Abstract: We study a newly constructed panel data set of relative prices of a large number of consumer goods among 31 European countries. We ¯nd that there is a substantial and non-diminishing deviation from PPP at all levels of aggregation, even among eurozone members. However, real exchange rates are very closely tied to relative GDP per capita within Europe, both across countries and over time. This relationship is highly robust at all levels of aggregation. We construct a simple two-sector endowment economy model of real exchange rate determination. Simulating the model using the historical relative GDP per capita for each country, we ¯nd that for most (but not all) countries there is a very close fit between the actual and simulated real exchange rate.
    Date: 2010–05
  3. By: Jesús Crespo-Cuaresma; Octavio Fernández-Amador
    Abstract: We propose the analysis of the dynamics of the standard deviation of business cycles across euro area countries in order to evaluate the patterns of cyclical convergence in the European Monetary Union for the period 1960-2008. We identify significant business cycle divergence taking place in the mid-eighties, followed by a persistent convergence period spanning most of the nineties. This convergent episode finishes roughly with the birth of the European Monetary Union. A hypothetical euro area including all the new members of the recent enlargements does not imply a sizeable decrease in the optimality of the currency union. Finally, the European synchronization differential with respect to other developed economies seems to have been diluted within a global cycle since 2004.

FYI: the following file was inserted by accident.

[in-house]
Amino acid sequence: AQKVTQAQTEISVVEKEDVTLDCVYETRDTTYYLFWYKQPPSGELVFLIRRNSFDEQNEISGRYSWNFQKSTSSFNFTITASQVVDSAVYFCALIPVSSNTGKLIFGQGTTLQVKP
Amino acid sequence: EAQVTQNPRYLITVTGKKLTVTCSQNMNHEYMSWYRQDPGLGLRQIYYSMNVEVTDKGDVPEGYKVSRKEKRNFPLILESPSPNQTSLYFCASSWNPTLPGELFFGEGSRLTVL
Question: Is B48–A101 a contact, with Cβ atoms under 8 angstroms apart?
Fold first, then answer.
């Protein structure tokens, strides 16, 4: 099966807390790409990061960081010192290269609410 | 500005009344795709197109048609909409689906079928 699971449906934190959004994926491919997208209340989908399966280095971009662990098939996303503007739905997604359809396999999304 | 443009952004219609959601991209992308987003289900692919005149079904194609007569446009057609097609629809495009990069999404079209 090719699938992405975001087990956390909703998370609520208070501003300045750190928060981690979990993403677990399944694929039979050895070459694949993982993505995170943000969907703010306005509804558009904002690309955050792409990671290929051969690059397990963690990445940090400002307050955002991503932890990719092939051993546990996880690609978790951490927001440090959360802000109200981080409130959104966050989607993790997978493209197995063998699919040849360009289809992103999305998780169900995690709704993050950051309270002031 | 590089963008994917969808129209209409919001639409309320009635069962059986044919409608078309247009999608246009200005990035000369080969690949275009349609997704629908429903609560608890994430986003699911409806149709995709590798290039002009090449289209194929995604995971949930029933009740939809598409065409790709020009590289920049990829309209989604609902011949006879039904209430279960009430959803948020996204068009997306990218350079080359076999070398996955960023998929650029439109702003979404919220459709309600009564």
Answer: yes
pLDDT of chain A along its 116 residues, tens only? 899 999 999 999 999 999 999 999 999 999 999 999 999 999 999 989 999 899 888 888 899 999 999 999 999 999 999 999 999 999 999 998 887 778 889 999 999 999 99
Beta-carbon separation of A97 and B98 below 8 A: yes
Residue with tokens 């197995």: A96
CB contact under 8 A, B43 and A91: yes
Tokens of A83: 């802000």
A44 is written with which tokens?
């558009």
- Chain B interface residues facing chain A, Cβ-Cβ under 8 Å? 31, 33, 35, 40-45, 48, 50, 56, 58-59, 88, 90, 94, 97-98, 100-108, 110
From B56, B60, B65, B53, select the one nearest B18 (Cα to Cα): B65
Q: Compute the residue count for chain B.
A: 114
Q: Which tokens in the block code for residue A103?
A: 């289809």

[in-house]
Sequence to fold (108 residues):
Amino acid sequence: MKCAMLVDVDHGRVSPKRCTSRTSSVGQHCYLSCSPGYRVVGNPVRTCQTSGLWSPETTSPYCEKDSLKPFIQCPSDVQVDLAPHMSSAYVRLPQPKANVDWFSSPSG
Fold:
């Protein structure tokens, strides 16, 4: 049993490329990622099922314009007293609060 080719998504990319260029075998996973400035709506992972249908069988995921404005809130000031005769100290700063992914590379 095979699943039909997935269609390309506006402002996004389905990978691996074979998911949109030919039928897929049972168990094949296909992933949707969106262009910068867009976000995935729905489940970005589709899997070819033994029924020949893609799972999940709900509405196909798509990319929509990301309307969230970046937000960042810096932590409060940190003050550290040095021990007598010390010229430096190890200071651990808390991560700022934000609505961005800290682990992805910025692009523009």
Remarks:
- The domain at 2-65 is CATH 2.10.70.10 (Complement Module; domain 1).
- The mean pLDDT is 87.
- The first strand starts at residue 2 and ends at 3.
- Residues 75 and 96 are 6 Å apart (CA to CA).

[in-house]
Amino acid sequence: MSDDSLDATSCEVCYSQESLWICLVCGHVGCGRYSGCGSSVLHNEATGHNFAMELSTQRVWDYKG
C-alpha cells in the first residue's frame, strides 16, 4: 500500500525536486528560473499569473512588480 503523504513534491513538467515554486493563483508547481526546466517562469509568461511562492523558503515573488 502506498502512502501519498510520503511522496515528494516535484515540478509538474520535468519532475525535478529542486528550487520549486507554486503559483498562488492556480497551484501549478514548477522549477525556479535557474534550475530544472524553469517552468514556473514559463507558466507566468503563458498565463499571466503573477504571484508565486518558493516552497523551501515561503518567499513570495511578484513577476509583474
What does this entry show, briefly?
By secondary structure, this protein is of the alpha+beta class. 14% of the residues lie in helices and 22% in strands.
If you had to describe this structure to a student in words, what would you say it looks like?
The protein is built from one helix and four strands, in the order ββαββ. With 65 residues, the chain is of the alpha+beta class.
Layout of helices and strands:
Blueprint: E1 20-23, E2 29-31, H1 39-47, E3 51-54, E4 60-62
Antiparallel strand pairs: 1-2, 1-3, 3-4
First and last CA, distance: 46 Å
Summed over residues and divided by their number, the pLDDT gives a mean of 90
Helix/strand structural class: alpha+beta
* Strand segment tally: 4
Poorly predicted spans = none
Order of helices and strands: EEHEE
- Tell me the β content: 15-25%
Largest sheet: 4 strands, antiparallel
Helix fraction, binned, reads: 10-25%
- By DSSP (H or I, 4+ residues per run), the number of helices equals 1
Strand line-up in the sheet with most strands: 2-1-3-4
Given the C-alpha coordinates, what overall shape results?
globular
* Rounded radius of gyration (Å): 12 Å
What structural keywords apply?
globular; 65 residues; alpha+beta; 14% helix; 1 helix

Keywords: Business cycles, business cycle convergence, European Monetary Union.
    JEL: E32 E63 F02
    Date: 2010–08
  4. By: Francois Langot (GAINS-TEPP (Université du Maine)); Coralia Quintero-Rojas (Department of Economics and Finance, Universidad de Guanajuato)
    Abstract: In this paper, we show that fluctuations in distortive taxes can account for most puzzling features of the U.S. economy. Namely, the observed real wage rigidity, the international correlation of investment and labor inputs, and the so-called quantity puzzle (according to which cross-country correlation of outputs is higher than the one of consumptions). This is done in a two-country search and matching model with fairly standard separable preferences, extended to include a tax/benefit system.
    Keywords: Distortive taxes, real wage rigidity, international business cycles, search, matching
    JEL: E32 E62 H24 J41
    Date: 2010–08